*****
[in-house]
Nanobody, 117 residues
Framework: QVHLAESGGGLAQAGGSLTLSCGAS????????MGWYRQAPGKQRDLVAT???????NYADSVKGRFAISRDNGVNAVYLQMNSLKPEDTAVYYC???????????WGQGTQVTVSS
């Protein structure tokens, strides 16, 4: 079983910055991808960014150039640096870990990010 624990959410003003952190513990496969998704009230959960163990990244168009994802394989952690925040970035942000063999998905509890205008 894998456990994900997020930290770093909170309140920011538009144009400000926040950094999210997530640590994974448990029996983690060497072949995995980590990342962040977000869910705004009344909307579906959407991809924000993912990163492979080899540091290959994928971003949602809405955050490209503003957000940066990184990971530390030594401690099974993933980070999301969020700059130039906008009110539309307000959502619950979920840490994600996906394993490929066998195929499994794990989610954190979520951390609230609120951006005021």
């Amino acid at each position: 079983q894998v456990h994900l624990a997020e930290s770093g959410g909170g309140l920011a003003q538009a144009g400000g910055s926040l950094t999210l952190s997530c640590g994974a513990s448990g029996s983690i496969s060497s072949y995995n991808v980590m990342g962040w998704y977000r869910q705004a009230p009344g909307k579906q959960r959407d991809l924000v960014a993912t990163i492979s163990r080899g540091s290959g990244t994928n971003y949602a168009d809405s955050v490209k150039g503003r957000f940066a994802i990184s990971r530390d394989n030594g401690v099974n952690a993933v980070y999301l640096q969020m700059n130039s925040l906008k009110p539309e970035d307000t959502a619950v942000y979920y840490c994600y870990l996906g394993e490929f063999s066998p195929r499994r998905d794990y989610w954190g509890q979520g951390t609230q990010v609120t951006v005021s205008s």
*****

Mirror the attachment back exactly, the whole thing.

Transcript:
[in-house]
Nanobody, 117 residues
Framework: QVHLAESGGGLAQAGGSLTLSCGAS????????MGWYRQAPGKQRDLVAT???????NYADSVKGRFAISRDNGVNAVYLQMNSLKPEDTAVYYC???????????WGQGTQVTVSS
């Protein structure tokens, strides 16, 4: 079983910055991808960014150039640096870990990010 624990959410003003952190513990496969998704009230959960163990990244168009994802394989952690925040970035942000063999998905509890205008 894998456990994900997020930290770093909170309140920011538009144009400000926040950094999210997530640590994974448990029996983690060497072949995995980590990342962040977000869910705004009344909307579906959407991809924000993912990163492979080899540091290959994928971003949602809405955050490209503003957000940066990184990971530390030594401690099974993933980070999301969020700059130039906008009110539309307000959502619950979920840490994600996906394993490929066998195929499994794990989610954190979520951390609230609120951006005021």
């Amino acid at each position: 079983q894998v456990h994900l624990a997020e930290s770093g959410g909170g309140l920011a003003q538009a144009g400000g910055s926040l950094t999210l952190s997530c640590g994974a513990s448990g029996s983690i496969s060497s072949y995995n991808v980590m990342g962040w998704y977000r869910q705004a009230p009344g909307k579906q959960r959407d991809l924000v960014a993912t990163i492979s163990r080899g540091s290959g990244t994928n971003y949602a168009d809405s955050v490209k150039g503003r957000f940066a994802i990184s990971r530390d394989n030594g401690v099974n952690a993933v980070y999301l640096q969020m700059n130039s925040l906008k009110p539309e970035d307000t959502a619950v942000y979920y840490c994600y870990l996906g394993e490929f063999s066998p195929r499994r998905d794990y989610w954190g509890q979520g951390t609230q990010v609120t951006v005021s205008s």